by Jill Barnett, historical (2002)
Pocket, $6.99, ISBN 0-671-03534-7
I have put off reading this book for a long time, because the title, Sentimental Journey, scares me. Knowing how romance authors sometime labor under this deluded belief that complete viscera and over-the-top sentimentality are good, I fear that this World War 2 romance will be a two-hour bulimia experience.
But thankfully, this book is not an exercise in preschool over-bombastic patriotism. But on the other hand, like so many recent Hollywood war movies, it seems to exist in a contextual vacuum. If I'm a young kid to whom WW2 is gung-ho all-American beefcakes shooting squinty-eyed Japanese in that Tora! Tora! movie, I won't understand what the heck the people in this book are doing shooting down the enemies. You can't do a war story without explaining the sordid side of politics and human nature gone wrong, you know.
And while the author puts in some war scenes, more Gung-ho Charlie types than Private Ryan bitter realism, if you know what I mean, she also presents romances between the main couples in a very tired and formulaic manner. Therefore, instead of breaking any new grounds, this is just a "Gee, look, at least it's set in WW2, wow" story. It's quite sad when this is the sole reason to get excited over a story.
The cast? Let's start with the men, they are more interesting. Lt Col JR Cassidy - super Gung Ho Charlie, yee-haw. Red Walker - your rough mechanic Luke Skywalker type that reveals the Courage Within (or something like that). George "Skip" Inskip - your Rich Dude who gets Corrupted by War and is now A Tortured Fellow who, of course, will also find the Courage Within. Or something. They are pretty okay Gungho Charlie figures. It's just too bad I am saturated by Black Hawk Down (decent movie), Saving Private Ryan (crap), We Were Soldiers (crap), Behind Enemy Lines (crap), Enemy At The Gates (decent), and then there's Combat Missions on TV. Let's not forget Suzanne Brockmann's SEALs.
Sorry, guys, but I'm kinda saturated at the moment. Maybe next time I'll work up some enthusiasm for you stereotypes.
The heroines? (Nose plug, please.) Charlotte Morrisson. Pilot. Flies plane because Daddy taught her so. Fights because Daddy tells her it's the Right Thing, or so Charlie here infers. Respects Daddy. A tomboy for Daddy. Daddy, Daddy, Daddy yadda yadda yadda. Kitty Kincaid. Introductory scene pegs her down as a bimbo with less braincell than a gerbil - great damsel-in-distress alert. In war for Daddy. Does stupid things to clear Daddy's name. Daddy, Daddy, Daddy.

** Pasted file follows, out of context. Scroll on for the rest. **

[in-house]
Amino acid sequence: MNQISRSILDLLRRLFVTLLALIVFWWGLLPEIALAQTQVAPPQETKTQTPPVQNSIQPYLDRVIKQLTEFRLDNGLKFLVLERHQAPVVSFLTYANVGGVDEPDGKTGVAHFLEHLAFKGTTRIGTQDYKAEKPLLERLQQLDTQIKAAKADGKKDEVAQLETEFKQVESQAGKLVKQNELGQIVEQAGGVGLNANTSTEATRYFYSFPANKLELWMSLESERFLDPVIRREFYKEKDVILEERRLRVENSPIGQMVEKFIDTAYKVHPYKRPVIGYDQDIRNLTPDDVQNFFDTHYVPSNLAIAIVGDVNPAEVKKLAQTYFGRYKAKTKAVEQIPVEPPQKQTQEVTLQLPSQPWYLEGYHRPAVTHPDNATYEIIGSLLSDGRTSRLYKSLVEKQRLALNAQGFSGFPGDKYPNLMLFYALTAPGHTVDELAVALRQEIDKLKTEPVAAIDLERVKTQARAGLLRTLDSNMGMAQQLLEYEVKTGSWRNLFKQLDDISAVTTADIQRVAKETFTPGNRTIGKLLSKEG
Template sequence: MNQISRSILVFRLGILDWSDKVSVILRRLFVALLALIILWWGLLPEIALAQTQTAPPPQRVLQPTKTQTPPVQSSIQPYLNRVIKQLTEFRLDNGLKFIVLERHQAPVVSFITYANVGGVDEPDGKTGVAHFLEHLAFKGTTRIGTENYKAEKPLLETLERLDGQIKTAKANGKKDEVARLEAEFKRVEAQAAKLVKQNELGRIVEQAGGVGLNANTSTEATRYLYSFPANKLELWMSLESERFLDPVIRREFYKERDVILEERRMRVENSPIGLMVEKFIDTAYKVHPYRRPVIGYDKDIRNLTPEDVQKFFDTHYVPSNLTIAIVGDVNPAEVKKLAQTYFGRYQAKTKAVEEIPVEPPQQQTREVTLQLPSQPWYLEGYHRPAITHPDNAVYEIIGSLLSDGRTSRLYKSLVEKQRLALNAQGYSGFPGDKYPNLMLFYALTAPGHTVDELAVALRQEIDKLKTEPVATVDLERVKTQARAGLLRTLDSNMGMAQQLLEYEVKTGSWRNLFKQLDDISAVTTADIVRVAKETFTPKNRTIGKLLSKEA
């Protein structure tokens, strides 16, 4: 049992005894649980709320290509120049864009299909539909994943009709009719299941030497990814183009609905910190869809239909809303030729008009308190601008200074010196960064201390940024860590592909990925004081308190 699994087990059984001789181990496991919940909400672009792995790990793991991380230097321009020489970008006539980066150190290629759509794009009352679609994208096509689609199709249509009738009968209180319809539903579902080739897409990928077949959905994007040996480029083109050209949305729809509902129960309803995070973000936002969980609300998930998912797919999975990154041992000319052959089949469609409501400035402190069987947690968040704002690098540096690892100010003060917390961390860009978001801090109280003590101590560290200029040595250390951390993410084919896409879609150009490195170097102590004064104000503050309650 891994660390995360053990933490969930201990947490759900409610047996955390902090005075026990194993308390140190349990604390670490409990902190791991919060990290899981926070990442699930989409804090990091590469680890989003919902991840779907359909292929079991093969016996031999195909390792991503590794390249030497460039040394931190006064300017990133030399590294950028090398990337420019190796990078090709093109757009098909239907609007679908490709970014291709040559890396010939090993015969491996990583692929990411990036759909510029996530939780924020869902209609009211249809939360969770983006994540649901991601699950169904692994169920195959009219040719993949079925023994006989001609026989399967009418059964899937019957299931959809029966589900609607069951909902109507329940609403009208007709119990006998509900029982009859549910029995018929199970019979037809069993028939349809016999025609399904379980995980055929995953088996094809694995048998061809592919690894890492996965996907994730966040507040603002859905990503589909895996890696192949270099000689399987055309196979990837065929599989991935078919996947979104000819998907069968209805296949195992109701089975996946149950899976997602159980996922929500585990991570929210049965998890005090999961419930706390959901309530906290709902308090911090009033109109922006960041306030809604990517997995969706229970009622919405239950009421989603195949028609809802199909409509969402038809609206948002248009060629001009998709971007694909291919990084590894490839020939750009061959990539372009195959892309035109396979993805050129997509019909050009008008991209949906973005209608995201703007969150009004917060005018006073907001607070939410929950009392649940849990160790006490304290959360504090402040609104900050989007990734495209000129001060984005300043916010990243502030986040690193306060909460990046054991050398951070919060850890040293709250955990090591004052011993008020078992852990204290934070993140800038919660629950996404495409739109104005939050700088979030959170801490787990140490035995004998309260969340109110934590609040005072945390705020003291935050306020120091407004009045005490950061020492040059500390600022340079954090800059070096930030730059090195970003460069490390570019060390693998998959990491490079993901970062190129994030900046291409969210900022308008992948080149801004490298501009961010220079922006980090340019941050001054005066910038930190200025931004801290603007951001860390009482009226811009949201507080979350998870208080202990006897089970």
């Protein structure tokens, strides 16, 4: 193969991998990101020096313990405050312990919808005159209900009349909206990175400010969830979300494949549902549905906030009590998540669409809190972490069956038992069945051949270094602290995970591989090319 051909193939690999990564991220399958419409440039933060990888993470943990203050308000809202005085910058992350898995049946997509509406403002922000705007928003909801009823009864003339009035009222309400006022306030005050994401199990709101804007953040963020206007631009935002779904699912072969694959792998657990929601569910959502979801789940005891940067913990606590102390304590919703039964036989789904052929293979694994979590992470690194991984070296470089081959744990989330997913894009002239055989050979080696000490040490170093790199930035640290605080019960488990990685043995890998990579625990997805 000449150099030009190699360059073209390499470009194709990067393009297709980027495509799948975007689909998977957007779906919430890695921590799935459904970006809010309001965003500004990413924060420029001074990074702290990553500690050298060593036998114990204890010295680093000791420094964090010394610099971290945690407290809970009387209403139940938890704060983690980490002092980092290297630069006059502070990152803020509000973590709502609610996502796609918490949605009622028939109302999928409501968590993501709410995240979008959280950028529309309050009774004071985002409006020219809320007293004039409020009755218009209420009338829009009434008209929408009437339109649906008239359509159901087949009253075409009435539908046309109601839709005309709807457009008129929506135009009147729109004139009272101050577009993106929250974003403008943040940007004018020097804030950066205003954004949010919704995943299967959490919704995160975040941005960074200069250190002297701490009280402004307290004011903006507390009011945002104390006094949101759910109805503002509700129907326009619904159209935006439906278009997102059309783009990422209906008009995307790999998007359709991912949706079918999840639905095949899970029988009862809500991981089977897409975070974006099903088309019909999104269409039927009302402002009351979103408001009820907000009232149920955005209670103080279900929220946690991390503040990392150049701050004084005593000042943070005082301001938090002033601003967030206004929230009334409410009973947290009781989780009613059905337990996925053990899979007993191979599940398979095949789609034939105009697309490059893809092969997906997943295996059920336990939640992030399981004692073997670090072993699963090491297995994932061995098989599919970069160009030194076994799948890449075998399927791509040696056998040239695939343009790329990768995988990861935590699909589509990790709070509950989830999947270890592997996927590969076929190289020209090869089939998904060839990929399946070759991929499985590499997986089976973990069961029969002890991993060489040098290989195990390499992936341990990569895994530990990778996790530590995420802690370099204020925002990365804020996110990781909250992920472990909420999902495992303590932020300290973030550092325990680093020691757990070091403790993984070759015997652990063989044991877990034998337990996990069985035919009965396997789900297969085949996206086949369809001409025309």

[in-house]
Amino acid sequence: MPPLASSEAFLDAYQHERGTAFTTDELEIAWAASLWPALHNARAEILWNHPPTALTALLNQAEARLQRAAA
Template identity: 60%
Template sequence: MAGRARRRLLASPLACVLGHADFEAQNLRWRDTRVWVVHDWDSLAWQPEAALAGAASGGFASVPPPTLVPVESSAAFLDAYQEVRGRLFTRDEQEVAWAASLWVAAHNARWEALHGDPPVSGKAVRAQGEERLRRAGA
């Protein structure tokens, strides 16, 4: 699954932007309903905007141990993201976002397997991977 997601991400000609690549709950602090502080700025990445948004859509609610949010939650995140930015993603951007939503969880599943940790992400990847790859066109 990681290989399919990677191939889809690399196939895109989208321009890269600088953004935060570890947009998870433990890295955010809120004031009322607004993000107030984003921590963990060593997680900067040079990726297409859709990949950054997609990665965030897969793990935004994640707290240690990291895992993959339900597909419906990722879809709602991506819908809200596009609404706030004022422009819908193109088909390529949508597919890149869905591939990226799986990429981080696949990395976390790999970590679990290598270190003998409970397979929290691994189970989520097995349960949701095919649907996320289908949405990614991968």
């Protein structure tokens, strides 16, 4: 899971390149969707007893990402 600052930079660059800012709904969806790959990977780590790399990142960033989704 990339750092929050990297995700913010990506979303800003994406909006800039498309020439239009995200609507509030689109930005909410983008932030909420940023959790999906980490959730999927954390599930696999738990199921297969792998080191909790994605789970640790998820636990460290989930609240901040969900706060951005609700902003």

Let's just say I am not surprised that despite Ms Barnett's claims that these chicks rock, she turns those supposedly kick-ass chicks into your usual weeping girlfriends late in the story, as Kitty and Charlie keep the home fires burning while their men wag their overendowed penises at those evil Nazi scums. Oh yeah, one of the men "dies" in the climax, leaving his girlfriend to go "Nooooo!". I get horrifying flashbacks of that really crap movie Pearl Harbor, you know, that one starring that pretty twig insect Kate Beckinsale with that amazing make-up that just won't get smudged by dust, dirt, and tears.
As a war drama, Sentimental Journey lacks the rush of adrenaline to be really engaging. As a romance, it's snoozebore episodes starring snoozebore characters. I may like this story if the author has just concentrated on two main characters and develop their story and characters, instead of putting in an ensemble cast of one-dimensional cardboards and letting them run all over the place. As an epic story, well, Sentimental Journey still follows too much of a "romance novel formula to make your book mediocre" to be actually memorable.
Maybe the next book. Hopefully with heroines that don't need Daddy figures so desperately. And with some context. Don't forget context.
This book at Amazon.com
This book at Amazon UK
Search for more reviews of works by this author: